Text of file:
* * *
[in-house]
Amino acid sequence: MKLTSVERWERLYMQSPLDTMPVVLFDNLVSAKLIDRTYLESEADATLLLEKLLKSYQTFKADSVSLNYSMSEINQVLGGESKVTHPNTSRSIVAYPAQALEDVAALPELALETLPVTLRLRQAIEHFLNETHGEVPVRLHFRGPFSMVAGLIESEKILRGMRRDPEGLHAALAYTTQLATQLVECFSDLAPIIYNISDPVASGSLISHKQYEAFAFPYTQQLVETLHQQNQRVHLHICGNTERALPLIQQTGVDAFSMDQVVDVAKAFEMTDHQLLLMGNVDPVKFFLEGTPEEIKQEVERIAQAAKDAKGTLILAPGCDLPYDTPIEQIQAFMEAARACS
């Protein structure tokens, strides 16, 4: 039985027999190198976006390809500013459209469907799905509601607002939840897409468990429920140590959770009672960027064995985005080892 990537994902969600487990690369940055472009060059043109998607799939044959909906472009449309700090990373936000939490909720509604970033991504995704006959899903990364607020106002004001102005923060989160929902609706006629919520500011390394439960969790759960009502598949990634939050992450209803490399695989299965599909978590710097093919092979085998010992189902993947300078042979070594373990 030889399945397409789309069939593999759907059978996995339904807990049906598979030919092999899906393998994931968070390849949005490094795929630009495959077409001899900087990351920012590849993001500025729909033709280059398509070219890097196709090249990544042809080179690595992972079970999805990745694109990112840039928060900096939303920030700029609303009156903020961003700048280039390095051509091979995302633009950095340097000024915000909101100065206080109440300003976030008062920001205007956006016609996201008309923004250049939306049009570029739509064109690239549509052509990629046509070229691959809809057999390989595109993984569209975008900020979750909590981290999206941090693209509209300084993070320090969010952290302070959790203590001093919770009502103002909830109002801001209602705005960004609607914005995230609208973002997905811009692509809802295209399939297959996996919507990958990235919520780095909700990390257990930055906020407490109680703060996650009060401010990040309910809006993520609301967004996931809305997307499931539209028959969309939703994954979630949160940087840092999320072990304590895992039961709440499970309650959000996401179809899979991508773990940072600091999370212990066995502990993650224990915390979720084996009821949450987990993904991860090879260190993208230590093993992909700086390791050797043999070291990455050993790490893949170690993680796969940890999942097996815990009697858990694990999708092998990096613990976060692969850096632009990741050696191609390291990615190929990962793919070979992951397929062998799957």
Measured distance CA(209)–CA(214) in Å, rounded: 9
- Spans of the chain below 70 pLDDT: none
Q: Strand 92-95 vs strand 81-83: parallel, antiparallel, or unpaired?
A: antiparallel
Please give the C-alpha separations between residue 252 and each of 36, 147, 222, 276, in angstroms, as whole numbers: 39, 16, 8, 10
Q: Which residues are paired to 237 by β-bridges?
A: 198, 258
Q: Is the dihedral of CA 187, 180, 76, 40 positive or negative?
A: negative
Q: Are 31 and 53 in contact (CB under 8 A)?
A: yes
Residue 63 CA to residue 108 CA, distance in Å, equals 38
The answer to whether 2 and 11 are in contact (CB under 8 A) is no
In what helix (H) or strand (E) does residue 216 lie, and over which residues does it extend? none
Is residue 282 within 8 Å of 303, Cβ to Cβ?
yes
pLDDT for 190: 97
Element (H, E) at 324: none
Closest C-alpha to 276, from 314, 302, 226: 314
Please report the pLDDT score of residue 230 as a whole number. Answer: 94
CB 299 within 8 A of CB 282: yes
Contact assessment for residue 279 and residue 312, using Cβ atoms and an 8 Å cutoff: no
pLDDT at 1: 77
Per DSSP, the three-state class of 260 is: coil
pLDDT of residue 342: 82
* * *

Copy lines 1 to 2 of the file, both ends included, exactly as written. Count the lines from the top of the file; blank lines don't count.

[in-house]
Amino acid sequence: MKLTSVERWERLYMQSPLDTMPVVLFDNLVSAKLIDRTYLESEADATLLLEKLLKSYQTFKADSVSLNYSMSEINQVLGGESKVTHPNTSRSIVAYPAQALEDVAALPELALETLPVTLRLRQAIEHFLNETHGEVPVRLHFRGPFSMVAGLIESEKILRGMRRDPEGLHAALAYTTQLATQLVECFSDLAPIIYNISDPVASGSLISHKQYEAFAFPYTQQLVETLHQQNQRVHLHICGNTERALPLIQQTGVDAFSMDQVVDVAKAFEMTDHQLLLMGNVDPVKFFLEGTPEEIKQEVERIAQAAKDAKGTLILAPGCDLPYDTPIEQIQAFMEAARACS